Tax Credit for Wind Energy Is Truly Up in the Air

COLO, IA - AUGUST 07: Wind mills are seen in a corn field on August 7, 2012 near Colo, Iowa. An exceptionally hot summer and the worst drought in more than a half century has caused cut prospects for the U.S. corn crop to a five-year low and has sent prices up to over $8.00 a bushel in late July trading. The price surge and limited supply has also prompted ethanol plants to voluntarily slow production by 20 percent, a two year low.
National Journal
Nov. 26, 2013, 1:19 p.m.

With Cap­it­ol Hill fo­cused on big-tick­et items like the budget and the farm bill, law­makers ap­pear to have largely for­got­ten about the wind-pro­duc­tion tax cred­it, which is set to ex­pire at the end of this year.

Lead­ers of the wind-power in­dustry say they hope le­gis­lat­ors will come to­geth­er to save the cred­it, known as the PTC, from dis­ap­pear­ing, either as part of an over­haul to the tax code or a tax-ex­tenders pack­age. But op­pos­i­tion is fierce, and grow­ing stronger, with con­ser­vat­ive groups and oil and gas in­dustry stake­hold­ers lin­ing up against any ef­fort to res­cue the sub­sidy.

“This is an ex­tremely im­port­ant is­sue to the in­dustry and we’re look­ing for an ex­ten­sion of the PTC. Right now we’re in dis­cus­sions with the com­mit­tees around the lar­ger is­sue of com­pre­hens­ive tax re­form,” Tom Kiernan, CEO of the Amer­ic­an Wind En­ergy As­so­ci­ation, told Na­tion­al Journ­al Daily, re­fer­ring to ef­forts by the House Ways and Means and Sen­ate Fin­ance com­mit­tees to de­vel­op tax-re­form le­gis­la­tion.

But the com­mit­tees haven’t tipped their hand, at least not yet.

Last week, Sen­ate Fin­ance Com­mit­tee Chair­man Max Baucus, D-Mont., re­leased a series of tax-re­form pro­pos­als, in­clud­ing a plan to end or scale back cer­tain in­cent­ives fre­quently claimed by the oil in­dustry. The plan made no men­tion, however, of re­new­able en­ergy tax cred­its, in­clud­ing the wind pro­duc­tion tax cred­it.

Ac­cord­ing to a Sen­ate aide, it is un­clear how or when a le­gis­lat­ive fix for ex­pir­ing cred­its could emerge. The fo­cus right now is on a lar­ger over­haul of the tax code, the aide said, but de­pend­ing on how the de­bate pro­gresses, com­mit­tee mem­bers could con­sider deal­ing with ex­tenders for next year sep­ar­ately. At this point, however, it’s too early to tell what will hap­pen.

On the House side, Ways and Means Com­mit­tee Chair­man Dave Camp, R-Mich., is also draft­ing a pro­pos­al but has not yet put for­ward a tax-re­form plan. Aides to Camp did not im­me­di­ately re­spond to a re­quest for com­ment.

If the wind in­dustry waits for an over­haul of the tax code, however, it could be wait­ing for a long time giv­en that there is no cer­tainty that le­gis­lat­ors will be able to find enough com­mon ground ne­ces­sary to pass a com­pre­hens­ive deal in the cur­rent Con­gress.

A second op­tion, and one which may be more likely, would be for the cred­it to be re­newed as part of an ex­tenders pack­age.

Ex­tend­ing the cred­it has be­come something of a ritu­al in Con­gress, with mem­bers vot­ing to re­new the tax break for wind-en­ergy pro­du­cers sev­en times since the sub­sidy was first on the books in 1992. Un­cer­tainty over when an ex­ten­sion might oc­cur is noth­ing new either, with the most re­cent ex­ten­sion com­ing in at the el­ev­enth hour as part of a fisc­al-cliff deal ne­go­ti­ated at the end of last year.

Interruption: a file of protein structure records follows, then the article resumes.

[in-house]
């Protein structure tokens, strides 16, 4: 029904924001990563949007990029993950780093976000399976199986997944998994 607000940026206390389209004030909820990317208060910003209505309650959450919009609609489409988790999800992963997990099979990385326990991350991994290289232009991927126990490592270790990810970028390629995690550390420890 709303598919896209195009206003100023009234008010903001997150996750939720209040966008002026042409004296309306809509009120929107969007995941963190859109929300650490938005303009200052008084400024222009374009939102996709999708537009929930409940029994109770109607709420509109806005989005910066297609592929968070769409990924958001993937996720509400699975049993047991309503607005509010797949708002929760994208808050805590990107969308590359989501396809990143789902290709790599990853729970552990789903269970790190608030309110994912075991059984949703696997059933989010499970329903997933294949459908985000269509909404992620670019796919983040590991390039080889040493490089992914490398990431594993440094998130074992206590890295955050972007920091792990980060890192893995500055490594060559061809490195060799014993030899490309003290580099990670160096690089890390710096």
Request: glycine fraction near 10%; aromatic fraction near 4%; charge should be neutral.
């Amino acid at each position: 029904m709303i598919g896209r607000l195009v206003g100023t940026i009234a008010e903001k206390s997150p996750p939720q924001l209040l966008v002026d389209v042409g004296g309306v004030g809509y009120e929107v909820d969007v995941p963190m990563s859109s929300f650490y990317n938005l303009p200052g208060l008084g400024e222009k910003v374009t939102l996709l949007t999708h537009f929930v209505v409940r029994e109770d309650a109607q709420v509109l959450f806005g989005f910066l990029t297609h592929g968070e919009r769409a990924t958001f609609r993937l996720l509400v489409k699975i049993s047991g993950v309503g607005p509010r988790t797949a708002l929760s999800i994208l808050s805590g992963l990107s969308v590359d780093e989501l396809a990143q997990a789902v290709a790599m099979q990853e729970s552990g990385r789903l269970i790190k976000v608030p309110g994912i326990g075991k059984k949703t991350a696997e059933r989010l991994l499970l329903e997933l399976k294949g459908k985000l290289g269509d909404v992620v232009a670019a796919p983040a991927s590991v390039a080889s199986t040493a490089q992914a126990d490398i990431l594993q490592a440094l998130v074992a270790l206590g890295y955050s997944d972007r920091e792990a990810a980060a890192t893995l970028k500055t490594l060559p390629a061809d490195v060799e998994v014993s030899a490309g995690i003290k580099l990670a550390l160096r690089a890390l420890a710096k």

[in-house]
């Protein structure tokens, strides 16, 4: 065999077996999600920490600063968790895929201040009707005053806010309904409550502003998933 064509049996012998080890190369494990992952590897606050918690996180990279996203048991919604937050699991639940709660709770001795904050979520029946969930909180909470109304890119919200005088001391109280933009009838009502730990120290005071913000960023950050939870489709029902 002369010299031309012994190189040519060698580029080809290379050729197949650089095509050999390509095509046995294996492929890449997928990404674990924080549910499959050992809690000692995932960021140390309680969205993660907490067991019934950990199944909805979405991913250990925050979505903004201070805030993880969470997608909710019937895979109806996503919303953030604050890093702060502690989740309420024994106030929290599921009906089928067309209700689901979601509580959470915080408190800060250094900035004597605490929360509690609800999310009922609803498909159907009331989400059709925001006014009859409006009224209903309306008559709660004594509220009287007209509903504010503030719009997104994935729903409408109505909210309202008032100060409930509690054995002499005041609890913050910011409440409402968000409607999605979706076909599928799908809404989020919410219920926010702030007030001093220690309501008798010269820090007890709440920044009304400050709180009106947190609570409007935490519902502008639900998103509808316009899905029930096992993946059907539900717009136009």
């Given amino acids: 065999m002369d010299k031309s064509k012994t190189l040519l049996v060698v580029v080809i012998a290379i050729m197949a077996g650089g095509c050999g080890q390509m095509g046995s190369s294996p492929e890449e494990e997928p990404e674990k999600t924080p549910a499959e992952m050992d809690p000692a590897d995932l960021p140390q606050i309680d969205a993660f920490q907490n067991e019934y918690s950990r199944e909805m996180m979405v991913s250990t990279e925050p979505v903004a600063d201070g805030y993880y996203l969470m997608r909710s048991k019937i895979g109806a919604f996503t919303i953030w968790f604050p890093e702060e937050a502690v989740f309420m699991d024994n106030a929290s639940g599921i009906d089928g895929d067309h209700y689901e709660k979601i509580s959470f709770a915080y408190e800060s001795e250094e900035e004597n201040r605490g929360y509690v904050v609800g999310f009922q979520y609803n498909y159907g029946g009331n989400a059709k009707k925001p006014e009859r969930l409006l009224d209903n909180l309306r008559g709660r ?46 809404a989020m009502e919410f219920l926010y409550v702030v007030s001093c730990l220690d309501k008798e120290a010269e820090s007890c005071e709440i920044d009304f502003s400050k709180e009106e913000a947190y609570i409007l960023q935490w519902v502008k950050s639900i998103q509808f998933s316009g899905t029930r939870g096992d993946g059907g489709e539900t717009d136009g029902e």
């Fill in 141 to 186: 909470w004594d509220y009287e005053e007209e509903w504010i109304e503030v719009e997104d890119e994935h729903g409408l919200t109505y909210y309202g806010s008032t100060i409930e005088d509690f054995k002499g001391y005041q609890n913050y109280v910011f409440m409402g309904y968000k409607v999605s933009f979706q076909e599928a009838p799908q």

“If com­pre­hens­ive tax re­form does not go for­ward, yes, we would be push­ing for ex­tenders which would prob­ably be in a some­what stand­ard ex­tenders pack­age some­time next year,” Kiernan said. We’ll be strongly push­ing for that as soon as pos­sible.”

Ef­forts to ex­tend the cred­it have already met with push­back from stake­hold­ers on the oth­er side of the is­sue. The Amer­ic­an En­ergy Al­li­ance, a fossil-fuel ad­vocacy group, has so far been one of the most vo­cal op­pon­ents of the cred­it and is plan­ning a ma­jor drive against the cred­it set to be­gin next week with the re­lease of a series of di­git­al and print ads in the Wash­ing­ton, D.C., mar­ket as well as na­tion­al ads rail­ing against the sub­sidy for wind pro­du­cers.

AEA is also help­ing to or­gan­ize a fly-in next week to mar­shal grass­roots or­gan­iz­a­tions from across the coun­try to put pres­sure on mem­bers of Con­gress not to re­new the sub­sidy.

Ac­cord­ing to Ben­jamin Cole, a spokes­per­son for AEA, the fly-in will fo­cus on strength­en­ing op­pos­i­tion to the cred­it among mem­bers who have already said they want to see it ex­pire.

“You’ve got Sen­at­or Joe Manchin [D-W.Va.] who has signed on to end­ing the PTC and also in West Vir­gin­ia [Demo­crat­ic Rep.] Nick Ra­hall op­pos­ing the ex­ten­sion. So we’re look­ing at some of those states where there is bi­par­tis­an con­gres­sion­al op­pos­i­tion and where the PTC presents a net loss for that state.”

When asked wheth­er he thinks the cred­it could be re­newed, like it was this year, as part of an ex­tenders pack­age, Cole said he doesn’t think so.

“The budget con­fer­ence com­mit­tee is a pri­or­ity right now and that won’t in­clude an ex­tenders pack­age, and there’s no real press­ing reas­on to con­sider a sep­ar­ate ex­tenders deal right now,” Cole said. “The only reas­on Con­gress made a mad dash last year to get tax ex­tenders done was that the Bush tax rates were go­ing to ex­pire and that would have af­fected al­most every­one in Amer­ica. This time around though we’re talk­ing about a very nar­row, in­dustry-spe­cif­ic tax sub­sidy and it’s un­likely that that will be rolled in­to any big­ger pic­ture deal.”

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